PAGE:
Expressing Disappointment that Governor Perry calls Special Session
June 18, 2003
Washington, DC - By calling for a special session today on Congressional Redistricting, Governor Perry has shown that he is more interested in playing partisan politics like in Washington. A special session will cost at least $1.7 million when the state is reducing health care for seniors, children and education funding.
We have a Congressional plan that has been approved by a bipartisan three judge panel, it has been ruled by the U.S. Supreme Court to be constitutional and in compliance with the Voting Rights Act, and elections have been held using these lines. While the districts created by the court elected 17 Democrats and 15 Republicans in 2002, statewide Republican candidates carried 20 of the 32 Congressional districts. Democrats have prevailed in these districts only because they can and do win the votes of ticket-splitters.
The main premise for redrawing Congressional Districts is that Republican candidates for the U.S. House of Representatives receive more votes than their Democratic counterparts. Their argument is wrong and is unconstitutional. Districts are drawn based on population, not on voters.
After the 2000 Census, each Congressional District in Texas has a population of 651,620. Among the 32 districts, the number of registered voters, as well as those who exercise the right to vote, varies.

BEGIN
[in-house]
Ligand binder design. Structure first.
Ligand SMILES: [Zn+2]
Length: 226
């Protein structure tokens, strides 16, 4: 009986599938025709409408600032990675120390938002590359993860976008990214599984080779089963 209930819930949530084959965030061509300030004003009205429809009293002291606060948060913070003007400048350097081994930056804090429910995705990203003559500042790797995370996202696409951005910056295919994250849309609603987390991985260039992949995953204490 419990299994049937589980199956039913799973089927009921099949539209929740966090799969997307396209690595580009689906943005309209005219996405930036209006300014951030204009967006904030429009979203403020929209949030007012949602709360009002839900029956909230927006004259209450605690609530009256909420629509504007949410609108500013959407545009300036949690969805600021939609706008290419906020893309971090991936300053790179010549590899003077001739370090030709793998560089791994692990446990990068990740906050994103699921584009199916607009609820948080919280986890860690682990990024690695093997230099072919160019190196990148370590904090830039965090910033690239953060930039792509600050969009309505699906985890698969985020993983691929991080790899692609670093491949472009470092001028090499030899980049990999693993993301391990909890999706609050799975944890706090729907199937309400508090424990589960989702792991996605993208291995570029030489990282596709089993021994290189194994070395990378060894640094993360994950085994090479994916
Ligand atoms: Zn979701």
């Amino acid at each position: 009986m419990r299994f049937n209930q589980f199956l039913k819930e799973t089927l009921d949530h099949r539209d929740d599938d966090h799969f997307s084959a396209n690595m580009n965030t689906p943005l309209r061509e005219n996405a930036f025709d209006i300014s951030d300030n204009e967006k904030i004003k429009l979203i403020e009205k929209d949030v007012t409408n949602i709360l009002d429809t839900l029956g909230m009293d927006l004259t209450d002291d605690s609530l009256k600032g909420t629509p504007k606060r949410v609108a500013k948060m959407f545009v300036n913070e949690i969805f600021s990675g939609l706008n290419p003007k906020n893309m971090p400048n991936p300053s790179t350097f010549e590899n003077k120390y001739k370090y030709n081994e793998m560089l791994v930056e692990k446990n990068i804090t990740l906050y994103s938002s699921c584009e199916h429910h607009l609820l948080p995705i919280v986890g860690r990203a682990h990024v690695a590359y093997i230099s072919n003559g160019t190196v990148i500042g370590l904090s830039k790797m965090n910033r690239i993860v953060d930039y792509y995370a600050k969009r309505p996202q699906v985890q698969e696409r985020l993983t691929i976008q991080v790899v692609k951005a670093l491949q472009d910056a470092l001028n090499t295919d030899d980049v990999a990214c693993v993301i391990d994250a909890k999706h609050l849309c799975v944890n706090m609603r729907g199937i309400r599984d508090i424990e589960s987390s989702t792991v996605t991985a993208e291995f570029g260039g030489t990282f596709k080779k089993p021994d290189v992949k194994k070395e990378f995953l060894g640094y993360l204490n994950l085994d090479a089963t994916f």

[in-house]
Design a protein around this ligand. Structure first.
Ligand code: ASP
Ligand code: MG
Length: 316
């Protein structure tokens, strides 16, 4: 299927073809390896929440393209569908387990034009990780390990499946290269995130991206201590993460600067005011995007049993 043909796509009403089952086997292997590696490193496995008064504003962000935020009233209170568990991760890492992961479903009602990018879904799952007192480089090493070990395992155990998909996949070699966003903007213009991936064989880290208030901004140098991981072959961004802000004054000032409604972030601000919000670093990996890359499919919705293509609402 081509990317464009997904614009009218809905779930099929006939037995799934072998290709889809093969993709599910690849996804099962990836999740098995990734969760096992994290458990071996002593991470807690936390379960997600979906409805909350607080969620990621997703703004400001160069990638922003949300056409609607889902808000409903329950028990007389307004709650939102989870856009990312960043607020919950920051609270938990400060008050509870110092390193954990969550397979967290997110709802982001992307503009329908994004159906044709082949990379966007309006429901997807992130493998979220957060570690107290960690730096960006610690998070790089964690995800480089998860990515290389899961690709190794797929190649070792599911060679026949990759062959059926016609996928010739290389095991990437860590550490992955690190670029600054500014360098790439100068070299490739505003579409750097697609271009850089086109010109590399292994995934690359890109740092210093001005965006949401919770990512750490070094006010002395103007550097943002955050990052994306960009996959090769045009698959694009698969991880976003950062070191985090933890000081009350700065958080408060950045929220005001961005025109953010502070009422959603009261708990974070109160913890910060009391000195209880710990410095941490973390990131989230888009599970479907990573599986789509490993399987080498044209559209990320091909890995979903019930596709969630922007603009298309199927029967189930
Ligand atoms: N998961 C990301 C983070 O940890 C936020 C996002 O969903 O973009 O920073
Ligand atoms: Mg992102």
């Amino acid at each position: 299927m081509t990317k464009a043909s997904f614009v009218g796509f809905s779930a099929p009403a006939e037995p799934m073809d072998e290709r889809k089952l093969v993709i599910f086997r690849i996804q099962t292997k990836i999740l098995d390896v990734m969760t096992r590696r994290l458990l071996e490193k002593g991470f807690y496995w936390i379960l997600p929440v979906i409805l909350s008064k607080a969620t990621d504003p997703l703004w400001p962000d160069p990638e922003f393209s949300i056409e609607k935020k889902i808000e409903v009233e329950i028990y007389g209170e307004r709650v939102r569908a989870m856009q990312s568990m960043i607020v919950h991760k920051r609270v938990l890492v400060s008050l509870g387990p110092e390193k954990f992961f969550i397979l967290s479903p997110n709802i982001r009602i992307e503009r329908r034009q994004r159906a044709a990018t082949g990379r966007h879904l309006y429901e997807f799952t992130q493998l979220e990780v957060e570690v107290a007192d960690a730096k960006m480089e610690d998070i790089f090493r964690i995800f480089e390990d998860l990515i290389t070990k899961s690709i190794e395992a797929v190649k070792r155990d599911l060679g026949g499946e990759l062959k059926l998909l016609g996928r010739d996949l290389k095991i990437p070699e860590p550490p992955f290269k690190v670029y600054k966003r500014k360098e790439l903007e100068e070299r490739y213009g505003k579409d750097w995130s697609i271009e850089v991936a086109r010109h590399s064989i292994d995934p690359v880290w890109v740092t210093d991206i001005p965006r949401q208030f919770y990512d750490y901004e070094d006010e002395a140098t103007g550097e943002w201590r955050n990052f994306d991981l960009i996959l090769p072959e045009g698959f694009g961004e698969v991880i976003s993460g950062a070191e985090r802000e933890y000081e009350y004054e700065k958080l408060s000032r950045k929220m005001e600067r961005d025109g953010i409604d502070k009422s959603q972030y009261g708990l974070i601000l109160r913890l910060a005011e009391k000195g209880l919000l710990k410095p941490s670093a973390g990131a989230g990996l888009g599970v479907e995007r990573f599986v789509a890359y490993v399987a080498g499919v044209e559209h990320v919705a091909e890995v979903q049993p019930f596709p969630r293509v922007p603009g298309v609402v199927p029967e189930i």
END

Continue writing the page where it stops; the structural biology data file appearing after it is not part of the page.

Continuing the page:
Some districts, for example the 29th Congressional District, has a little more than 223,000 registered voters with about 72,000 having participated in the last election. By contrast, the 8th Congressional District has about 368,000 registered voters and more than 157,000 voted in the last election. Both districts have equal population.
The United States Constitution requires that states establish congressional districts that are equal in population, under the one man, one vote principle. This means that everyone, regardless of whether they are registered to vote or actually vote, deserves to be represented in the United States Congress.
Redistricting is a serious constitutional matter. It is not a childish do-over when it does not meet your partisan whims. In a democracy, voters should choose their representatives; representatives should never choose voters.